[February 11, 2020] A tradition in the U.S. Navy upon the retirement of a sailor is to give a paddle as a gift. The paddle (or oar) is symbolic of the naval team on which that sailor gave their time and devotion. It is also a long-standing tradition for naval leaders to be responsible for training their crew. As such, leaders do more than give orders; they lead by training those in their direct responsibility.
A good friend of mine in the U.S. Navy recently retired as a Captain. I drove from my home down to Naval Station Norfolk in Virginia to witness the event and, more importantly, to show my appreciation for what he had done for our nation. The event was inspiring. Aboard the USS George H.W. Bush aircraft carrier, we were treated to full honors by the ship’s captain and his crew. I’d not forgotten how impressive the U.S. Navy can be when conducting any operation.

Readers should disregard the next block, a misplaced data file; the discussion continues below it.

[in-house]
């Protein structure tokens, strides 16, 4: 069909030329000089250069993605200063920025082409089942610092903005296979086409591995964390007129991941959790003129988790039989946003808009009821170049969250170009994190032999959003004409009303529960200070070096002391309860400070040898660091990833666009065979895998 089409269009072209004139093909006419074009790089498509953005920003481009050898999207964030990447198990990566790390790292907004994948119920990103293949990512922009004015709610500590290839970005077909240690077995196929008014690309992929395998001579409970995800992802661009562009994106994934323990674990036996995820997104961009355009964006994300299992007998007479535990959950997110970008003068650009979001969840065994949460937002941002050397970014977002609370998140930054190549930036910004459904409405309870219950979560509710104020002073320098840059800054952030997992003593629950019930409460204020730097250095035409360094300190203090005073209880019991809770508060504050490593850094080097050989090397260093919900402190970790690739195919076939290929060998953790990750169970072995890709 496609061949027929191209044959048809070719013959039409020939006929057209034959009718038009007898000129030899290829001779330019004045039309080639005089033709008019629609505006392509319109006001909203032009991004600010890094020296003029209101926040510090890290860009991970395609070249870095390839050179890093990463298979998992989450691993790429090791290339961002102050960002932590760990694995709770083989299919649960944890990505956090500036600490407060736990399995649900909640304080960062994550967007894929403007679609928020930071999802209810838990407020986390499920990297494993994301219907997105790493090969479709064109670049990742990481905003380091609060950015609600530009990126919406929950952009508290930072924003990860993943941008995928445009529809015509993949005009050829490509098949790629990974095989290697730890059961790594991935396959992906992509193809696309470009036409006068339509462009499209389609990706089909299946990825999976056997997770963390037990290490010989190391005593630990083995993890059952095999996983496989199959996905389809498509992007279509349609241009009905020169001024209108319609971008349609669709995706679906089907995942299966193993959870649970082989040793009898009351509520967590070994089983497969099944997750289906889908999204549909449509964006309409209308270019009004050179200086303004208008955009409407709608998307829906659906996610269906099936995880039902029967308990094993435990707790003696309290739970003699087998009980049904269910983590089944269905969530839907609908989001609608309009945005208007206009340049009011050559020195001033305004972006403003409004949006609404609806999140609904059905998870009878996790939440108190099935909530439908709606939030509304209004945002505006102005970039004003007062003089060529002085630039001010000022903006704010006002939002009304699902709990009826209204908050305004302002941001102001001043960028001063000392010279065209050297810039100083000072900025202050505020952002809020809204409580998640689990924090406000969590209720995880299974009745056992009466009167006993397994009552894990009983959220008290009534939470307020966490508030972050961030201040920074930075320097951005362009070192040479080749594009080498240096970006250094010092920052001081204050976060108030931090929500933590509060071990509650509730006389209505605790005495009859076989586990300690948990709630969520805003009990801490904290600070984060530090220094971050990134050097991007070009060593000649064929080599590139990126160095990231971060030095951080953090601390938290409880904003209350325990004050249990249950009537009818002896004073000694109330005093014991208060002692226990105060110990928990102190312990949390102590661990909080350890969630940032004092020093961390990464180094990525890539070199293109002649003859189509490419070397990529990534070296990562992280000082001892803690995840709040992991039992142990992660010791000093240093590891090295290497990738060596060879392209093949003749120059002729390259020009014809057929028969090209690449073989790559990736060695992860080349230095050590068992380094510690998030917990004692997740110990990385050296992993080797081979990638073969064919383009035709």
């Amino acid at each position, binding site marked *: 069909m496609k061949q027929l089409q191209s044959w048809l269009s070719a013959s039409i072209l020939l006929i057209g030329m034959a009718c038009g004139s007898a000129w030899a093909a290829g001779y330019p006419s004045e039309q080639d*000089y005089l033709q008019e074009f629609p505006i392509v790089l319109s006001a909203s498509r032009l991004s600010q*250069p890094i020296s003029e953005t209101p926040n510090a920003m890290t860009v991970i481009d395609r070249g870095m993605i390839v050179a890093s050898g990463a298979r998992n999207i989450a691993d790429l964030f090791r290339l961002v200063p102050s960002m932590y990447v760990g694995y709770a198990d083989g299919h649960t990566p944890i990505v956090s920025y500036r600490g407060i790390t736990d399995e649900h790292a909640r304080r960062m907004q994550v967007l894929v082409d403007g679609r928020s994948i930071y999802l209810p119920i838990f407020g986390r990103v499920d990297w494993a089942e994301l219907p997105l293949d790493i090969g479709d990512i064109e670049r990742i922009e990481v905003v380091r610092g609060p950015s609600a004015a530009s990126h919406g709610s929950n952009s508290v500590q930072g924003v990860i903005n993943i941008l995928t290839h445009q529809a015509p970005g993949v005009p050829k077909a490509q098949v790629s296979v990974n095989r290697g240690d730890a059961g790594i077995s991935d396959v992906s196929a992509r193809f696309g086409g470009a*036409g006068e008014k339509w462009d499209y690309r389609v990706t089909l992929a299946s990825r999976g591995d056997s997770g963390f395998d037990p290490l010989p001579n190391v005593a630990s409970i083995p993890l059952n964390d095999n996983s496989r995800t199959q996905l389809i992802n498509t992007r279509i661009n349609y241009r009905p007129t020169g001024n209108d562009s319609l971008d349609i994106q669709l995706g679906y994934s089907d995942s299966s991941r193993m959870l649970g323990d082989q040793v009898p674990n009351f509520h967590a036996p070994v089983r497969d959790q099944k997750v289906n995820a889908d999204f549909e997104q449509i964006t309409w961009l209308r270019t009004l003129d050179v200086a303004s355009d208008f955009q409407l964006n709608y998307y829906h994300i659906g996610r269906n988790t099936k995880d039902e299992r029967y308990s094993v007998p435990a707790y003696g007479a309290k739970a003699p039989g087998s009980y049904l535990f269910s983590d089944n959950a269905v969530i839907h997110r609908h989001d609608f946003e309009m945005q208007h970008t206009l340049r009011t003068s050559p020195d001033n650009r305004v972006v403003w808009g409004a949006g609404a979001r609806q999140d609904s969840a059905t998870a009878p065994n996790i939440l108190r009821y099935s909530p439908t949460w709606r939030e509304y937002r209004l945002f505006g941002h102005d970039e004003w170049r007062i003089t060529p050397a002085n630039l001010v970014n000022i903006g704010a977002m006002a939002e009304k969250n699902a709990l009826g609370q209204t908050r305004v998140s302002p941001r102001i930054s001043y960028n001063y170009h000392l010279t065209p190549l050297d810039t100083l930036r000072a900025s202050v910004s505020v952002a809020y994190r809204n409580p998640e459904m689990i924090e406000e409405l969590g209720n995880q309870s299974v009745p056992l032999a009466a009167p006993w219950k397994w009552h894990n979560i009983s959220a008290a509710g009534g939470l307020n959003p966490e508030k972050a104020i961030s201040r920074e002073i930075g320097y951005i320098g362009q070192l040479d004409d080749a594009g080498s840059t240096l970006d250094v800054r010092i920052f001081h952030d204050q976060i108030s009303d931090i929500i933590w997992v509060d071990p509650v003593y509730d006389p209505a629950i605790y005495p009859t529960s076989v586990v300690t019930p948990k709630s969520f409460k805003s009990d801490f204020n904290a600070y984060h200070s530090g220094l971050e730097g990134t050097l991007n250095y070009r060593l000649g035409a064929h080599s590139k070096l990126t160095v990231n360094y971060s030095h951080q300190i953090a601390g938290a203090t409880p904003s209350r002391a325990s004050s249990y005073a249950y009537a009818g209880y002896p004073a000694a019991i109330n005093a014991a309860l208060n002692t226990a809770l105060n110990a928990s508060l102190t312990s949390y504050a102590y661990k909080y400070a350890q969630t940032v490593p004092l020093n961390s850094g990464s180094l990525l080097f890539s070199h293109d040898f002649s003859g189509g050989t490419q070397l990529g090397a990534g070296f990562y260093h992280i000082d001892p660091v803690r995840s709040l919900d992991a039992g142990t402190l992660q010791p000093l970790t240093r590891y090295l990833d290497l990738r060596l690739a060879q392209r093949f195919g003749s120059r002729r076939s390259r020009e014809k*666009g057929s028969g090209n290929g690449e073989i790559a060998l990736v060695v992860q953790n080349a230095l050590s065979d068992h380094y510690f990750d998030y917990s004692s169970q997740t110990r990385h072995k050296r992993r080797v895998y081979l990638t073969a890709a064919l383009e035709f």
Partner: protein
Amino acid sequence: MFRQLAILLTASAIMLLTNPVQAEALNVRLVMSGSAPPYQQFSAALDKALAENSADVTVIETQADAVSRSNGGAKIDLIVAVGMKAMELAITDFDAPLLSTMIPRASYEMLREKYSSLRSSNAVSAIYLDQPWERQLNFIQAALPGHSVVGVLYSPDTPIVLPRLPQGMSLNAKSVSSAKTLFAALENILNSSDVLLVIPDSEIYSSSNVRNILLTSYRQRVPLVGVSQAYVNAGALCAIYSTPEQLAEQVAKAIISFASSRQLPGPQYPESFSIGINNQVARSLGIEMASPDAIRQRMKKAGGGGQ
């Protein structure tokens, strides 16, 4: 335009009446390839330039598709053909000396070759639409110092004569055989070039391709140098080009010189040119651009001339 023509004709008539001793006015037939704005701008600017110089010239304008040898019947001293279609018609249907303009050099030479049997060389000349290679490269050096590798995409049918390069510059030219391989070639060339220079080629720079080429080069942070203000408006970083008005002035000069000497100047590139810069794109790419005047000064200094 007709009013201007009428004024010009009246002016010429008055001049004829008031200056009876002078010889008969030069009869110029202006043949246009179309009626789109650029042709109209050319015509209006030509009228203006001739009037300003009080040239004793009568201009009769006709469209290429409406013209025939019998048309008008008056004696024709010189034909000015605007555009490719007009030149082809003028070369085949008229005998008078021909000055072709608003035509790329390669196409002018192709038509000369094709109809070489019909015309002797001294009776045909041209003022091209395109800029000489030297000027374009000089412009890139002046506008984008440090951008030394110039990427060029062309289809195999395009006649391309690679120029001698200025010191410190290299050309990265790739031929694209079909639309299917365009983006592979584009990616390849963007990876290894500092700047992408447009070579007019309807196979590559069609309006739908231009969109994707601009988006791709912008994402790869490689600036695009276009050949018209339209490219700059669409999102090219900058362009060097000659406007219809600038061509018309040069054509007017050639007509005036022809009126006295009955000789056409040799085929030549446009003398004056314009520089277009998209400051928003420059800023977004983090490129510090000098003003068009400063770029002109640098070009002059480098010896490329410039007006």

An old naval engineers lament about “going ashore” for the last time brings this tradition into focus.
“But like the morning fog and dew, we’ll endeavor to remember you, and when morning sun lifts the haze, and we sail again for many days you’ll remember us as we will you, until the years leave only a few to recall the good old days, of sailing men o’re the waves.” – Navy Engineers “Lament Going Ashore”
Leaders are accountable for the care of their team and also for accomplishing the mission assigned to them. This dual responsibility is no easy task and is, ultimately, the big challenge for leaders. In fact, the very best leaders are those that live the role of leader; it’s not a 9 to 5 job. Rarely is there a competent leader who takes their responsibilities lightly.1 For a military leader to ensure people are cared for, and the mission is completed correctly means training their team to do the job correctly.
Remember that leadership is about getting people to do things they would not ordinarily do. That is accomplished by training them in how to be a fully-functioning team member.